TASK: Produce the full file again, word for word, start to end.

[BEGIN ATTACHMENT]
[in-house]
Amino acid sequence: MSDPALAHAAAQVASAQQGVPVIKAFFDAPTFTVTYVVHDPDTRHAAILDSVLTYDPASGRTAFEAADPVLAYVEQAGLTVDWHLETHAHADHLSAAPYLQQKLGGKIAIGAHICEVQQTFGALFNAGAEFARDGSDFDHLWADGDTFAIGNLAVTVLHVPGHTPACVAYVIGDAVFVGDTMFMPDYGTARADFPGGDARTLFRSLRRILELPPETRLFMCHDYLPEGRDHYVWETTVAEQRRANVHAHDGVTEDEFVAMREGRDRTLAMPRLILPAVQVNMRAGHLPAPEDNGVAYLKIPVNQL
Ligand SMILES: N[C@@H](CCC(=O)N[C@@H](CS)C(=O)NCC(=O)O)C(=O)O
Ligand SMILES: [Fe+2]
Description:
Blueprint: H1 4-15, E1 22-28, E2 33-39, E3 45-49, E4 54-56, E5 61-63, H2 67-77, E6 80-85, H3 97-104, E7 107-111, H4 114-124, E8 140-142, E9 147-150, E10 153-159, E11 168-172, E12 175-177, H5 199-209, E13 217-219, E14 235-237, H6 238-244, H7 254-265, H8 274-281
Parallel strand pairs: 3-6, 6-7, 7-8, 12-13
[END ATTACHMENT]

[in-house]
Amino acid sequence: MSDPALAHAAAQVASAQQGVPVIKAFFDAPTFTVTYVVHDPDTRHAAILDSVLTYDPASGRTAFEAADPVLAYVEQAGLTVDWHLETHAHADHLSAAPYLQQKLGGKIAIGAHICEVQQTFGALFNAGAEFARDGSDFDHLWADGDTFAIGNLAVTVLHVPGHTPACVAYVIGDAVFVGDTMFMPDYGTARADFPGGDARTLFRSLRRILELPPETRLFMCHDYLPEGRDHYVWETTVAEQRRANVHAHDGVTEDEFVAMREGRDRTLAMPRLILPAVQVNMRAGHLPAPEDNGVAYLKIPVNQL
Ligand SMILES: N[C@@H](CCC(=O)N[C@@H](CS)C(=O)NCC(=O)O)C(=O)O
Ligand SMILES: [Fe+2]
Description:
Blueprint: H1 4-15, E1 22-28, E2 33-39, E3 45-49, E4 54-56, E5 61-63, H2 67-77, E6 80-85, H3 97-104, E7 107-111, H4 114-124, E8 140-142, E9 147-150, E10 153-159, E11 168-172, E12 175-177, H5 199-209, E13 217-219, E14 235-237, H6 238-244, H7 254-265, H8 274-281
Parallel strand pairs: 3-6, 6-7, 7-8, 12-13